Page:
Collaborating by supporting one another is put into practice during a board-breaking activity intended to demonstrate to students that they can overcome obstacles on the way to achieving personal goals. Each student breaks a board on which they write a goal on one side and an obstacle or challenge that they feel is holding them back from achieving the goal. Every student receives a great deal of vocal and moral support from the rest of the team. Occasionally, a student may not have the strength to break the board the first time. When that happens, the team ramps up the support and, when needed, they collaborate with other teams to enlist their support as well. Every so often, a student even receives physical support from teammates in order to break the board, for example, if they have to use their foot rather than their hand while teammates help them keep their balance.
Once again, the 8 Keys of Excellence come into play. Relating to Collaboration, several Keys are involved, starting with Integrity, which is about matching behavior with values, and demonstrating those positive personal values in words and actions with others. Flexibility and Balance are two other Keys that tie in closely with well-developed collaboration skills. Flexibility is being willing to do things differently. Clearly, in a collaborative environment, reaching a consensus is going to require flexibility on everyone’s part. Balance involves being mindful of yourself and others while focusing on what’s meaningful and important in your life. As one participates in collaborative activities, an awareness of being mindful of others, as well as oneself, contributes to success.
Creativity and innovation are key drivers in the global economy. P21 states that if students leave school without knowing how to continuously create and innovate, they will be underprepared for the challenges of society and the workforce. They go on to say that in today’s world of global competition and task automation, innovative capacity and a creative spirit are fast becoming requirements for personal and professional success.
Mind Mapping…employs a two-dimensional structure and uses colors, symbols and pictures to help students make mental associations that facilitate learning.
In a TED talk from 2011, Sir Kenneth Robinson, a leading speaker and thinker on creativity said that creativity is as important in education as literacy.
The Partnership for 21st Century Skills has a three-part definition for Creativity:
- Use a wide range of idea creation techniques (such as brainstorming)
- Create new and worthwhile ideas (both incremental and radical concepts)
- Elaborate, refine, analyze, and evaluate original ideas to improve and maximize creative efforts
Work Creatively with Others
- Develop, implement, and communicate new ideas to others effectively
- Be open and responsive to new and diverse perspectives; incorporate group input and feedback into the work
- Demonstrate originality and inventiveness in work and understand the real world limits to adopting new ideas
- View failure as an opportunity to learn; understand that creativity and innovation are part of a long-term, cyclical process of small successes and frequent mistakes
- Act on creative ideas to make a tangible and useful contribution to the field in which the innovation will occur
When you look at this definition, you see how creativity is closely intertwined with some of the other skills previously identified. Innovation today has a social component and requires adaptability, leadership, teamwork, and interpersonal skills. Increasingly, today the capacity to innovate is linked to the ability to connect with others and with a facility for communication and collaboration.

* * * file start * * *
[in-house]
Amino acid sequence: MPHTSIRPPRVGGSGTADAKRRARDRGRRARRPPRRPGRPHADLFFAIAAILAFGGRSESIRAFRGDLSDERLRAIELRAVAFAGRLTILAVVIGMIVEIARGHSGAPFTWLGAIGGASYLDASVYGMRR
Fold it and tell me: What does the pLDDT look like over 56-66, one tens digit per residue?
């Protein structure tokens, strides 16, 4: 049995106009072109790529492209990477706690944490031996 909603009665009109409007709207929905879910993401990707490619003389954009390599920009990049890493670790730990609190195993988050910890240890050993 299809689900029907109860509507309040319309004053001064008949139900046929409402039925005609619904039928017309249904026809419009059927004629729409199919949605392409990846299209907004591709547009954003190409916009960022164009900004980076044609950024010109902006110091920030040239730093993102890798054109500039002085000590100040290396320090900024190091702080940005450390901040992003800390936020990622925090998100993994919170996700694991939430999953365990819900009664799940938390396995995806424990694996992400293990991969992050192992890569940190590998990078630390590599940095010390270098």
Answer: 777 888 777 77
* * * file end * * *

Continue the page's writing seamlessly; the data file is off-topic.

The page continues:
At SuperCamp, students are taught several creative strategies. For example, Mind Mapping is a brain-friendly way to take notes. It employs a two-dimensional structure and uses colors, symbols and pictures to help students make mental associations that facilitate learning.
In our ABCs of Writing, Brainstorming is the “B” and emphasizes getting ideas down on paper both creatively and with a specific focus. Skills include Cluster It, See It, Say It, Draw It and Fastwrite It.
Various creative memory techniques are taught at SuperCamp to help improve retention and information recall. One such technique is the Peg System, which entails memorizing a list of 20 items attached to the numbers 1 to 20. Students then see how easy it is to memorize any list of items by associating them with the original peg list.
Creative Thinking is a skill we teach students. This part of the SuperCamp curriculum is based on the following principles:
- There is always another way of looking at a challenge
- Look to the world around you and borrow from its treasures
- Creative thinkers are curious and take risks
- The best way to get good ideas is to get lots of ideas
- Keep focused on who you are, what you want and what it will take to get there
Creativity is a big part of the Quantum Writing process at SuperCamp, which empowers students with strategies that give them confidence in their writing ability. In our ABCs of Writing, Brainstorming is the “B” and emphasizes getting ideas down on paper both creatively and with a specific focus. Skills include Cluster It, See It, Say It, Draw It and Fastwrite It.
Now, almost two decades into the 21st-century, the 4 Cs are proving to be even more critical to a student’s academic success and ability to advance in a meaningful career than they were at the turn of the century. In an age when automation, artificial intelligence and robotics are taking jobs from humans, a solid foundation in the 4 Cs is what will keep a person relevant and irreplaceable in tomorrow’s workforce. It is incumbent upon students to develop their skills in these four areas. If they aren’t able to do so sufficiently in the classroom, they must turn elsewhere to learn these skills. SuperCamp is an ideal 4Cs resource for middle school, high school and college students.
5 College Prep Tips for High School Students
Learn writing skills
Learn how to listen/communicate
Set goals – have a plan